As many of you know, I have rescued quite a few pets through the years and spent my six years in Austin fostering dogs through the amazing Blue Dog Rescue, and working with local shelters. 'Animal rescuer' became a part of my personal title that I was proud of; a title that made me feel like I was doing something good and important in this world. It was beyond a was a commitment to making the world a better place.

During college and in the years shortly thereafter, I adopted a total of five pets: three dogs and two cats. You may recall this past summer when I lost my sweet, sweet Daisy dog to an aggressive form of cancer, and the number of pets became four. Four pets in a house ill-equipped for any pets at all combined with the stress of raising a child with special needs equals even more stress. I wasn't the type of pet owner I wanted to be and have felt incredible guilt at my frustration with the animals. But we chugged along as we always have, because it is my firm belief that you adopt an animal for life.

That is, until one of my cats began peeing all over my house last summer.

I adopted Jade as a naive college student. I would go to the local animal shelter constantly to the point where they no longer required me to have an employee escort me to the kennels. One day, I came across a bright orange tabby cat with six, tiny orange kitties and two, totally-out-of-place, gray and white siamese mix kittens. It turned out that the Mama had her kittens in the same dumpster as a Siamese and for whatever reason, these two misfits were left to fend for themselves. And, so, as is often the way in the amazing world of animals, the orange tabby selflessly gave her milk to the two Siamese mixes who needed that in order to survive.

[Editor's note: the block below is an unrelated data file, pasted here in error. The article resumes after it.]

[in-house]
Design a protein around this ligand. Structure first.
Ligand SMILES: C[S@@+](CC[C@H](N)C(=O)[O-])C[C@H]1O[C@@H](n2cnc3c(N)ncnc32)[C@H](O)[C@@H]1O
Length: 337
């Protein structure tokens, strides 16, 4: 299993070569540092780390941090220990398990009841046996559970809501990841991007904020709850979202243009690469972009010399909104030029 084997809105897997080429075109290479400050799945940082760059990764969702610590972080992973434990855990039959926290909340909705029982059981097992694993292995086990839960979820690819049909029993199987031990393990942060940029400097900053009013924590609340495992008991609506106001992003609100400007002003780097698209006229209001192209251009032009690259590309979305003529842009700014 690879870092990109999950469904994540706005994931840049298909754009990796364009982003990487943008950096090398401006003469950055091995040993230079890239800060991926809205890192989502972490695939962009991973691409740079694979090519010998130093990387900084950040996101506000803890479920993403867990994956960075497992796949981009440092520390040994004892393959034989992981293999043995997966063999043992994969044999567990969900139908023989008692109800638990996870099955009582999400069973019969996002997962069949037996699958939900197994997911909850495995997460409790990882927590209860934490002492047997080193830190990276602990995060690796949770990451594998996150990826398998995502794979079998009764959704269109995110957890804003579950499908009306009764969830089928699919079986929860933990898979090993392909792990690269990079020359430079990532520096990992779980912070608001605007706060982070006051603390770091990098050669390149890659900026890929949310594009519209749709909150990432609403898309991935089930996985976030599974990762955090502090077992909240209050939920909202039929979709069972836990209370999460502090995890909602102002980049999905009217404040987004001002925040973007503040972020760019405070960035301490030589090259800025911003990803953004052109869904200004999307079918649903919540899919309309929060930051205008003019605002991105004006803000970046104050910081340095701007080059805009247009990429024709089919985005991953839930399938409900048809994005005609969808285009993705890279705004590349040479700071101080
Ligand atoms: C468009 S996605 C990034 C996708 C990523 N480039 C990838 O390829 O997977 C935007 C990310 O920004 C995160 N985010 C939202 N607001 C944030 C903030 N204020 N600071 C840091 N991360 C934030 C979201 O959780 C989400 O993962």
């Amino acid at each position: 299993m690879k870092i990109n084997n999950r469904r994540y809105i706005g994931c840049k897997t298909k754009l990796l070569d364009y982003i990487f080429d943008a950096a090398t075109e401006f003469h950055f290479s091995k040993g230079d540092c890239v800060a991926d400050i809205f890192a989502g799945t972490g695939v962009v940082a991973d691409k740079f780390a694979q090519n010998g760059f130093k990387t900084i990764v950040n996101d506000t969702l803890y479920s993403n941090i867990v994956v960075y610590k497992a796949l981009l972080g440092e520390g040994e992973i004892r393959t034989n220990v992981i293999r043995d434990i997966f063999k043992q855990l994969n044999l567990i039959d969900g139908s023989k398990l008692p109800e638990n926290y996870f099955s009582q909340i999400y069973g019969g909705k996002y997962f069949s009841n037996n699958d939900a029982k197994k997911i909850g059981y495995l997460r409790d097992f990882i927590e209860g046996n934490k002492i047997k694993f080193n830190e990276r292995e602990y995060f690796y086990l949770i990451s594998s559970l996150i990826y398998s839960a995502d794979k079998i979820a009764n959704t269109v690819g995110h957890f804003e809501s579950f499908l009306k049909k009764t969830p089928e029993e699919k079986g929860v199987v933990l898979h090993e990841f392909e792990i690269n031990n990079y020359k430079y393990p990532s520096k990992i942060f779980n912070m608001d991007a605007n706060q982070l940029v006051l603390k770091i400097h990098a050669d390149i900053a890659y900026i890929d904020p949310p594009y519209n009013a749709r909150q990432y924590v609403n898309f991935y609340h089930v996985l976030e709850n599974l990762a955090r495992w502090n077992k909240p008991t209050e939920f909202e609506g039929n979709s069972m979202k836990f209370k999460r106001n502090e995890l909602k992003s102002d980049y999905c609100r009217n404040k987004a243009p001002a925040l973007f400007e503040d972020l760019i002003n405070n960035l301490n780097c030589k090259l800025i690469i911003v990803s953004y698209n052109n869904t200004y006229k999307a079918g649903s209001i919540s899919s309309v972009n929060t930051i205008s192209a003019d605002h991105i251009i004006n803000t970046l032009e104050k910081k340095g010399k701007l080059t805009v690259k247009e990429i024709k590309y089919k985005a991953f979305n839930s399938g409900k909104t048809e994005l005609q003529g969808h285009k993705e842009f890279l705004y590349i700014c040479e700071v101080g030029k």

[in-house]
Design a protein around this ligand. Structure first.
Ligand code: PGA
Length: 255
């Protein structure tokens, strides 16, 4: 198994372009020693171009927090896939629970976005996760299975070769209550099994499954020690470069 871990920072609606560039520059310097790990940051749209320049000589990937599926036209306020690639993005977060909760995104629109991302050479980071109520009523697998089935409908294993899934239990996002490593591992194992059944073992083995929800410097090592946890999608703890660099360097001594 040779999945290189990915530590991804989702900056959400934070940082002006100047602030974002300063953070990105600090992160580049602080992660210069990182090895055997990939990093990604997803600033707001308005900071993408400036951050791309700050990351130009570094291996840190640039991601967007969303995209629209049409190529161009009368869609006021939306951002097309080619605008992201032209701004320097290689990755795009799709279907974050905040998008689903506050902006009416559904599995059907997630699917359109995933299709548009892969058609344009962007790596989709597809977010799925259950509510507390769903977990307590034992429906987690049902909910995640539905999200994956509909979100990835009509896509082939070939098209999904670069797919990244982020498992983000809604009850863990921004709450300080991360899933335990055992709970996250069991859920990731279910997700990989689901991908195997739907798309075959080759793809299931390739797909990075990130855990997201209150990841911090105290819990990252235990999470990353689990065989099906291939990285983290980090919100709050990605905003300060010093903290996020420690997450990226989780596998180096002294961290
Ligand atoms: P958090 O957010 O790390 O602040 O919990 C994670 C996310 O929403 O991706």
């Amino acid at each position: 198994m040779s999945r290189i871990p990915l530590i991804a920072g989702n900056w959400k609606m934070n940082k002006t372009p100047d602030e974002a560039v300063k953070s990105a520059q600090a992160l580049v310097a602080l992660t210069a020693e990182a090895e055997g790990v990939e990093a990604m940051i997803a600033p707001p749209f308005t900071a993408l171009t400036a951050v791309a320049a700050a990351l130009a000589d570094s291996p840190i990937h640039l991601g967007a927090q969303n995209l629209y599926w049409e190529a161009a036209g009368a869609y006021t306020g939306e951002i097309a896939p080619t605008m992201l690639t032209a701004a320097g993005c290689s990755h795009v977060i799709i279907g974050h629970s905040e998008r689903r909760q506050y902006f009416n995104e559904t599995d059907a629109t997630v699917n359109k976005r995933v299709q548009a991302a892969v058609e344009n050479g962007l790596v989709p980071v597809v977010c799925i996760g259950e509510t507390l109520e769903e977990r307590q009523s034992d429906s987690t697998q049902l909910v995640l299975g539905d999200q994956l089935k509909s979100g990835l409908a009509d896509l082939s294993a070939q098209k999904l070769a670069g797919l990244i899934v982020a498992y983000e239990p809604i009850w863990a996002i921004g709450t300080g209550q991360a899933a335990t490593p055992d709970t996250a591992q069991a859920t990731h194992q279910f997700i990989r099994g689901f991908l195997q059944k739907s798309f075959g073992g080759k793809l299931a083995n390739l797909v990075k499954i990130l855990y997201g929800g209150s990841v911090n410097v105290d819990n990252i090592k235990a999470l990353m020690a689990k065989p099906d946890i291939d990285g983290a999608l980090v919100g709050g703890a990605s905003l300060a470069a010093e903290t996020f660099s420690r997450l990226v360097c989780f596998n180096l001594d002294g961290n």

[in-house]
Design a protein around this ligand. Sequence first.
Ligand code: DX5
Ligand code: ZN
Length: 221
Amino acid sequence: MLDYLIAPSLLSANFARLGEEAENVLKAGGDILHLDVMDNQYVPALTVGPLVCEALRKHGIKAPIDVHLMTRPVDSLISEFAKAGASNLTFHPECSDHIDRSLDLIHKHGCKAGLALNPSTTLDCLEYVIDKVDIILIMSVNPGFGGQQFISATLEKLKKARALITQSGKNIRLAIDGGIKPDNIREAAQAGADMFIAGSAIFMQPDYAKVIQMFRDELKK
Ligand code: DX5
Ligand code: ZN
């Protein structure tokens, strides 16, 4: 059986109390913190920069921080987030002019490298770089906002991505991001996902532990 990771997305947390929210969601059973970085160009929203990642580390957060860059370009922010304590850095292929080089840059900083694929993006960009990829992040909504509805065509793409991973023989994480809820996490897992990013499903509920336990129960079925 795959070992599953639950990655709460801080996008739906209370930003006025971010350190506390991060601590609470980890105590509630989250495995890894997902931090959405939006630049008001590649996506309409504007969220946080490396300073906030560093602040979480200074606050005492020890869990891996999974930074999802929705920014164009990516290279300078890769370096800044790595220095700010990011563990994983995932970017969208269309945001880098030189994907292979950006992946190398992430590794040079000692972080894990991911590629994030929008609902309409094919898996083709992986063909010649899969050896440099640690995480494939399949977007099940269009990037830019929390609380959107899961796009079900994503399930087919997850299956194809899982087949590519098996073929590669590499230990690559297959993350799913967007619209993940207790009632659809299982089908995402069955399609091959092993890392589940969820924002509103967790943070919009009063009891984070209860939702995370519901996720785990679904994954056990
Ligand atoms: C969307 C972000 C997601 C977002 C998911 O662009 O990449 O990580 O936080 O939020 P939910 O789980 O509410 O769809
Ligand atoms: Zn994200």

I learned that the kittens would be available for adoption in two days, and I returned fairly soon after the shelter opened to see that all of them had been adopted except for one of the Siamese mixes. She was tiny and sniffly and anyone in their right mind knew she probably wasn't going to make it. But since the staff knew me to be a giant sucker, they told me that they'd just give her a shot of antibiotics and she'd be just fine. The part they neglected to tell me was that she was only two weeks old and would have to not only be hand-fed, but would also have to be assisted in all things, including simulating a mother cat licking her to make her go to the bathroom! A few days into her new life with me, I noticed her tummy swelling to obscene proportions. Fortunately I had enough wits about me to call a vet who explained she could have basically imploded from the pressure if I hadn't called them sooner. Great! Fortunately it required nothing more than remembering to occasionally, ahem, 'massage' her with a warm washcloth.

Jade was always very elusive. She was social only with me, and even then, only at certain times of the day. She adored the dogs, though, and was the pet project of her bossier older feline sister, Kahlua. It was clear, however, that even when you adopt an animal as young as she was, you can't quite take the feral out of a feral-born cat.

I'll spare you any more of my ramblings and bring you to the present. I made the decision to euthanize Jade yesterday. It was absolutely one of the hardest things I have ever had to do. I don't 'kill' animals...I rescue them! But the strain of cleaning endlessly peed upon carpet has taken its toll on the entire family. One of the boys' bedrooms has not even been in use for months because I got so fed up that I actually tore a large chunk of carpet out of it and threw it away. Who lives like this? When we got home from a six-day vacation Wednesday, the wetness in our master bedroom was so unbelievable that I knew we couldn't do this any longer.